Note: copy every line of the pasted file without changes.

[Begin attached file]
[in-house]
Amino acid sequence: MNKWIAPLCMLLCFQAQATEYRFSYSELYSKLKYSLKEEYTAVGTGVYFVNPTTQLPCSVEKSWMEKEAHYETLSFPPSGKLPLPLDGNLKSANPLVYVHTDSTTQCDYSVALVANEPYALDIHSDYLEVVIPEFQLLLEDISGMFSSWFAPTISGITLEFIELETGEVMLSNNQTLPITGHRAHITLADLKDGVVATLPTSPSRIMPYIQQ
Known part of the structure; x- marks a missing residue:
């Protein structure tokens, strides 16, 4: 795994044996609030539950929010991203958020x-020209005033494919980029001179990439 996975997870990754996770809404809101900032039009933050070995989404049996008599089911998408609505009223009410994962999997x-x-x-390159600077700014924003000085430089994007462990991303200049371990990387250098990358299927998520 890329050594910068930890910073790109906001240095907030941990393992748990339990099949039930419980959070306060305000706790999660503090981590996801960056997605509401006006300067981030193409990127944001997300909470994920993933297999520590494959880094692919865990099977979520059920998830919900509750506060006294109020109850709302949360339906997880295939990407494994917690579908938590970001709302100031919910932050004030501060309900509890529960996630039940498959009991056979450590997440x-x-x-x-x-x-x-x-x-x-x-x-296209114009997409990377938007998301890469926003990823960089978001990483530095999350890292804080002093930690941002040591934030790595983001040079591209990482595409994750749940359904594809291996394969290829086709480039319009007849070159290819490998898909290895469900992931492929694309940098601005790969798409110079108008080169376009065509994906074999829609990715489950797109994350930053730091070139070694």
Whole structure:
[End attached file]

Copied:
[in-house]
Amino acid sequence: MNKWIAPLCMLLCFQAQATEYRFSYSELYSKLKYSLKEEYTAVGTGVYFVNPTTQLPCSVEKSWMEKEAHYETLSFPPSGKLPLPLDGNLKSANPLVYVHTDSTTQCDYSVALVANEPYALDIHSDYLEVVIPEFQLLLEDISGMFSSWFAPTISGITLEFIELETGEVMLSNNQTLPITGHRAHITLADLKDGVVATLPTSPSRIMPYIQQ
Known part of the structure; x- marks a missing residue:
């Protein structure tokens, strides 16, 4: 795994044996609030539950929010991203958020x-020209005033494919980029001179990439 996975997870990754996770809404809101900032039009933050070995989404049996008599089911998408609505009223009410994962999997x-x-x-390159600077700014924003000085430089994007462990991303200049371990990387250098990358299927998520 890329050594910068930890910073790109906001240095907030941990393992748990339990099949039930419980959070306060305000706790999660503090981590996801960056997605509401006006300067981030193409990127944001997300909470994920993933297999520590494959880094692919865990099977979520059920998830919900509750506060006294109020109850709302949360339906997880295939990407494994917690579908938590970001709302100031919910932050004030501060309900509890529960996630039940498959009991056979450590997440x-x-x-x-x-x-x-x-x-x-x-x-296209114009997409990377938007998301890469926003990823960089978001990483530095999350890292804080002093930690941002040591934030790595983001040079591209990482595409994750749940359904594809291996394969290829086709480039319009007849070159290819490998898909290895469900992931492929694309940098601005790969798409110079108008080169376009065509994906074999829609990715489950797109994350930053730091070139070694």
Whole structure: